Dibango's legacy continues to echo through the corridors of contemporary music, inspiring artists like Rihanna in "Please Don't Stop the Music" (2009) and collaborations with acclaimed acts like Akon and the Fugees in "Cowboys."
With a nod to this golden age of Cameroonian music, we've curated a collection of beloved artists and songs from that era. Take a nostalgic journey through this musical treasure trove and relish the beats that once made an entire continent dance to their rhythm. Enjoy the playlist.
Click on the title of the song to play the music video
Manu Dibango – Soul Makossa, 1972
Sam Fan Thomas "African Typic Collection", 1984 -This song was such a success that it was played in clubs all over Africa and has inspired many African artists so much that the song has been remixed all over the world. "Zimo"Nelson Mandela ;"Si Tcha
Elvis Kemayo -Africa music
Tom Yoms & Bebey Manga - Na Meya
Pierre Didy Tchakounté - Makeladia
Talla André Marie -Je vais à Yaoundé par Ledoux paradis
BÉBÉ Manga - AmiO
Tom Yoms & Charlotte Mbango -Sengato
Marthe Zambo -Avec toi
Henri Dikongué - C'est La Vie
Charlotte Mbango "Konkai Makossa"
Ben Decca & Grace Decca - Osi dimbea
Prince Eyango -You must calculer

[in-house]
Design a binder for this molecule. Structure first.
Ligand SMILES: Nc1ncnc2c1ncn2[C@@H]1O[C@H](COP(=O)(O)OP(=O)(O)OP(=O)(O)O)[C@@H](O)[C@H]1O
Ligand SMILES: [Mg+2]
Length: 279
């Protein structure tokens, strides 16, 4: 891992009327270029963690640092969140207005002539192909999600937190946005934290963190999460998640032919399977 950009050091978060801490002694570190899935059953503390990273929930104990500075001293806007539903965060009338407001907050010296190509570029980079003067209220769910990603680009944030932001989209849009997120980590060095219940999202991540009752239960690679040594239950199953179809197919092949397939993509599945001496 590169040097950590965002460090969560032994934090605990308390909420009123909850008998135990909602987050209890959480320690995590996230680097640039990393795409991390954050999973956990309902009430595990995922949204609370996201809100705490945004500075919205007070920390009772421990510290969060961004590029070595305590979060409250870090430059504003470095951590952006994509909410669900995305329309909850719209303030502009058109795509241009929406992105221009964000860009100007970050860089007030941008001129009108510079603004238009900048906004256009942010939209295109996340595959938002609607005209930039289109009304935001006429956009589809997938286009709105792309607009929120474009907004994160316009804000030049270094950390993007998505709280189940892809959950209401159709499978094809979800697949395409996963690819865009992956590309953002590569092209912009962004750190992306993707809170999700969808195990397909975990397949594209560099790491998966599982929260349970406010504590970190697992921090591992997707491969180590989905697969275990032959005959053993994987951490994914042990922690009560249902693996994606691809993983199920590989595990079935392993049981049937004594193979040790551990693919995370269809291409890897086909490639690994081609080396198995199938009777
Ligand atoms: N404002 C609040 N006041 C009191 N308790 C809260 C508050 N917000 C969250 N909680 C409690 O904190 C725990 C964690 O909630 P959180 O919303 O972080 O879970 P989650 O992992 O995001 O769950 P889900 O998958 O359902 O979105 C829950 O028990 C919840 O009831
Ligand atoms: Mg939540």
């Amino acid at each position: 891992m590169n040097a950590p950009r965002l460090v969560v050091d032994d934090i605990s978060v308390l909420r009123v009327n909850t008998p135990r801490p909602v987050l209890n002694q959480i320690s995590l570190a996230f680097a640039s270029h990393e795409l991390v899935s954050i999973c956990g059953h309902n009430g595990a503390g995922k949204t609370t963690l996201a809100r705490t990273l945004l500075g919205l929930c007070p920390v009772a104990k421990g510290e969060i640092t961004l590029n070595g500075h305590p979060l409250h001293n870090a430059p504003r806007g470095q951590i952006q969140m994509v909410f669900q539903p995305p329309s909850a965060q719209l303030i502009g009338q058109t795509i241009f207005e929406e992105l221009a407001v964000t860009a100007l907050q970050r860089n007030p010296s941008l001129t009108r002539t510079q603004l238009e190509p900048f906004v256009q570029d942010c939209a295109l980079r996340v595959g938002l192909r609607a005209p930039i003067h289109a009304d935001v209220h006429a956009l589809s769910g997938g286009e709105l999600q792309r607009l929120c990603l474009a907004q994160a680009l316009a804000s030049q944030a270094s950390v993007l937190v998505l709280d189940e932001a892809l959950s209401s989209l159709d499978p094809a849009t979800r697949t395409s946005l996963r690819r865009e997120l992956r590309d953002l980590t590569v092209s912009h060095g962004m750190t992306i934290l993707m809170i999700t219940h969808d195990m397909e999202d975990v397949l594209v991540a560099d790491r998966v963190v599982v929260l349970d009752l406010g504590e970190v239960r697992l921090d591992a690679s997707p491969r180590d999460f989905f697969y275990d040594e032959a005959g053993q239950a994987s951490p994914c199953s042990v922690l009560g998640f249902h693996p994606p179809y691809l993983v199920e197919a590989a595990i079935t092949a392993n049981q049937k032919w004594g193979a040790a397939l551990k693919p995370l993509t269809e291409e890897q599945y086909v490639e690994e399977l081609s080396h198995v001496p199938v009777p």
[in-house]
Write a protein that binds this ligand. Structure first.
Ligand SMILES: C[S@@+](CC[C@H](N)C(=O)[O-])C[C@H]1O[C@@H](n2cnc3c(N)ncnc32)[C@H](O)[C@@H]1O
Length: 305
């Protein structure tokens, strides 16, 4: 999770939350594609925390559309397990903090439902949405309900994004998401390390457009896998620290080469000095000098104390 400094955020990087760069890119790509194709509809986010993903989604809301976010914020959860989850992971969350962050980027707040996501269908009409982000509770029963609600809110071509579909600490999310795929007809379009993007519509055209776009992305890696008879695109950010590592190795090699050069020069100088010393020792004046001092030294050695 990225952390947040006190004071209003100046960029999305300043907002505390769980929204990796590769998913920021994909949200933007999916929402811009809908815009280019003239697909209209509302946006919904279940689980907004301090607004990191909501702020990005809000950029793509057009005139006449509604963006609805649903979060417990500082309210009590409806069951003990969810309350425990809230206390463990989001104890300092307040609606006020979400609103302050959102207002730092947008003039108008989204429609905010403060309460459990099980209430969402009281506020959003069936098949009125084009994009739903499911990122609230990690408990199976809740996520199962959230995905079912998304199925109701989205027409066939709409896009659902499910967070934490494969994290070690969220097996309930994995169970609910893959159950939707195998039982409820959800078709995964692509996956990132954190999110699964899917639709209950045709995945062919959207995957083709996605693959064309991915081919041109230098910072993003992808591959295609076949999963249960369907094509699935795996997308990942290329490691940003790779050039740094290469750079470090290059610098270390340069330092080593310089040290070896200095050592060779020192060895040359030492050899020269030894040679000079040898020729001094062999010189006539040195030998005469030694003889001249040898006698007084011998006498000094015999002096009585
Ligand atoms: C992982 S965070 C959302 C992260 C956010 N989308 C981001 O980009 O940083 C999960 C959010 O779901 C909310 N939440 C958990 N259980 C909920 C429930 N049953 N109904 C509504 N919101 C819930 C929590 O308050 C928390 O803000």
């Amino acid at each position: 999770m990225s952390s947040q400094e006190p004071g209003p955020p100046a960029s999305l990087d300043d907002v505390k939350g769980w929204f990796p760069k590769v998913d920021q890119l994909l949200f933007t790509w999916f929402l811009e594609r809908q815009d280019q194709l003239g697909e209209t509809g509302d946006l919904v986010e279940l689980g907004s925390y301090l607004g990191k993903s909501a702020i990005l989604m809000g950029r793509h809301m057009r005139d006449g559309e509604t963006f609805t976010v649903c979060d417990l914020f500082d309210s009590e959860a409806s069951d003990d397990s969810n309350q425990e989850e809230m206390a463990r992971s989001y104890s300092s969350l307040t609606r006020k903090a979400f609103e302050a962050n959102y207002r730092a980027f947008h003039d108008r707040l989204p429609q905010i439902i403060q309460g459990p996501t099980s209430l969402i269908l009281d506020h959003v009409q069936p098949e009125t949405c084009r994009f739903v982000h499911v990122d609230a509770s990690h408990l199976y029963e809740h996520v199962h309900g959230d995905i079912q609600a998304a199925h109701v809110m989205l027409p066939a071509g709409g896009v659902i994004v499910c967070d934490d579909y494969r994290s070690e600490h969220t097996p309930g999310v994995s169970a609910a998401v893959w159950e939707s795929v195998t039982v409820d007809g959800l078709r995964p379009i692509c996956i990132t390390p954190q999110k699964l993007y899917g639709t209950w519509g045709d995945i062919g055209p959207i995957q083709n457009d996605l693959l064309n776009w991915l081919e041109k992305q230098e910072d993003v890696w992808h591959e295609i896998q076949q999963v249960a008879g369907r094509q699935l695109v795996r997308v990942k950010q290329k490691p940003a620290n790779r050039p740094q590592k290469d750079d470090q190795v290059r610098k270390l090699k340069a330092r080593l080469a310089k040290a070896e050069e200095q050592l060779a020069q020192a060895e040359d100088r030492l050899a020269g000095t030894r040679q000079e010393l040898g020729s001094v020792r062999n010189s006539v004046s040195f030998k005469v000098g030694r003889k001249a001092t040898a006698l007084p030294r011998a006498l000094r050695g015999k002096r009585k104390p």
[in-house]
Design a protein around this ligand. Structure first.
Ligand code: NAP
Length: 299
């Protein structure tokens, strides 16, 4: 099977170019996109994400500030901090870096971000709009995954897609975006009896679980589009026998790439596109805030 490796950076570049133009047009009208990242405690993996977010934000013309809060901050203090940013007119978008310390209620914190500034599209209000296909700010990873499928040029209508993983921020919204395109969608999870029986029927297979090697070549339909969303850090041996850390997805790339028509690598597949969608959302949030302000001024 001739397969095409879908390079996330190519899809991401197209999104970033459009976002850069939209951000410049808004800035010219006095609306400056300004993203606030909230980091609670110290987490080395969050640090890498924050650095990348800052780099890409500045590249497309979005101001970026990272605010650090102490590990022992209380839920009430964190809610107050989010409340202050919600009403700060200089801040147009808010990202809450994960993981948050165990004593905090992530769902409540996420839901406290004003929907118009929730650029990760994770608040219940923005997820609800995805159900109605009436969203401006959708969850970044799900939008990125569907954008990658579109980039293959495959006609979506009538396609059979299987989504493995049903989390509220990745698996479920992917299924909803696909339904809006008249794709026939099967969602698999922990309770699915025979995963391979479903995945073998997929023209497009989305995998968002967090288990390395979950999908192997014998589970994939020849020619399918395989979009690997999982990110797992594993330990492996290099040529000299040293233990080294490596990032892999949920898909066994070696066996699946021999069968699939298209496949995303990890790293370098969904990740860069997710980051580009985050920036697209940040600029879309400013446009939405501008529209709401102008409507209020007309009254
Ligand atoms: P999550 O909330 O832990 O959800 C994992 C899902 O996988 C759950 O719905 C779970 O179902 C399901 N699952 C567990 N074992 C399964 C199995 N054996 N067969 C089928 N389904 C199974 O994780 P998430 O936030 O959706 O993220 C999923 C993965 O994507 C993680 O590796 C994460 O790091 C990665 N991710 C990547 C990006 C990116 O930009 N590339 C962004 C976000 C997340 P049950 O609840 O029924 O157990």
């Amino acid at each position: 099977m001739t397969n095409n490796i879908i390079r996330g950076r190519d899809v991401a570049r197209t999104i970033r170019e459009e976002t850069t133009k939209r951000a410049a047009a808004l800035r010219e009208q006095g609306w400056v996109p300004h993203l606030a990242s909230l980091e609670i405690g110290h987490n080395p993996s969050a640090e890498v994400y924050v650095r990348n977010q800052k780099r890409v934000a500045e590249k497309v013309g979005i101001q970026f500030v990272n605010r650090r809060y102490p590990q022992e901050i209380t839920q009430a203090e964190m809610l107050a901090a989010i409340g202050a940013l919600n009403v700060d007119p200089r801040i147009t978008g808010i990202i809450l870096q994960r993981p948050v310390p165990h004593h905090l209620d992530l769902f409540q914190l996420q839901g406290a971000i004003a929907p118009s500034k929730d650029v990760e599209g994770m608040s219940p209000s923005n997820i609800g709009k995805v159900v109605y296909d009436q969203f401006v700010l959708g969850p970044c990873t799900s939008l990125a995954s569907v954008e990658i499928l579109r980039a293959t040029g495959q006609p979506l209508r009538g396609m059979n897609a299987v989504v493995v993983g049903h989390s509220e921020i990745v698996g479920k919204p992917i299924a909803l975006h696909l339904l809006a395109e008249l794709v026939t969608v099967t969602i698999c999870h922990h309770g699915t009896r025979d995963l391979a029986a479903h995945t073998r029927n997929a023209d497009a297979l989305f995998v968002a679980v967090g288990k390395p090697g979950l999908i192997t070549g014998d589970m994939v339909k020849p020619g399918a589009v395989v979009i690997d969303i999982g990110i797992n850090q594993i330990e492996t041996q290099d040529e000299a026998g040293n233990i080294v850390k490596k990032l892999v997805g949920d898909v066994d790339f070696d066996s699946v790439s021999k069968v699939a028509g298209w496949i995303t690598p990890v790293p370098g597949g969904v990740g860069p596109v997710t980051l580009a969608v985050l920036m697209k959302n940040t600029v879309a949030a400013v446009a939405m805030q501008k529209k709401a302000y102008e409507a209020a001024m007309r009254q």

Bebey Black - Désir, plaisir, Souffrir (1985)
Ndedi Dibango- Eyo Mè
Zangalewa - Maladie difficile
Zangalewa - Un Bébé
Grace Decca - Bwanga Bwam (1989)
Dina Bell - Sophie
Tchana Pierre & Tom Yoms - Therese (Age D'or)
Joe Mboule - Osi Linga (1986)
Hoïgen Ekwalla Makossa Size
Sally Nyolo - Tam Tam
Elvis Kemayo - Mama
Pierre Tchana & Orchestre Poly Rhytmo- Il N'est Jamais Trop Tard
Prince nico mbarga - Aki special
Samson- chaud gars Bôlo Cellucam
Nguime Manulo – fundament
Solo Muna - Ma doudou
Toto Guillaume - Mba na na é (1981)
Bill Loko - Nen Lambo (1980)
Guy Lobé - Mon ami à moi
Koko Ateba- ndolam
Henry Njoh-Melodies d'antan
Zangalewa - Waka Waka
Eko Roosevelt : Njuke Bonene (1978) - Badihani (70's)
Ben Decca - Se oa nu.
Sam Mbemde - Alabe
Eboa Lotin - Elimba Dikalo
Axel Mouna - Juventus (1981)
Gilly Ndoumbé - Things Like This (1990 )
Jean Paul Mondo - Sona Papa (1983)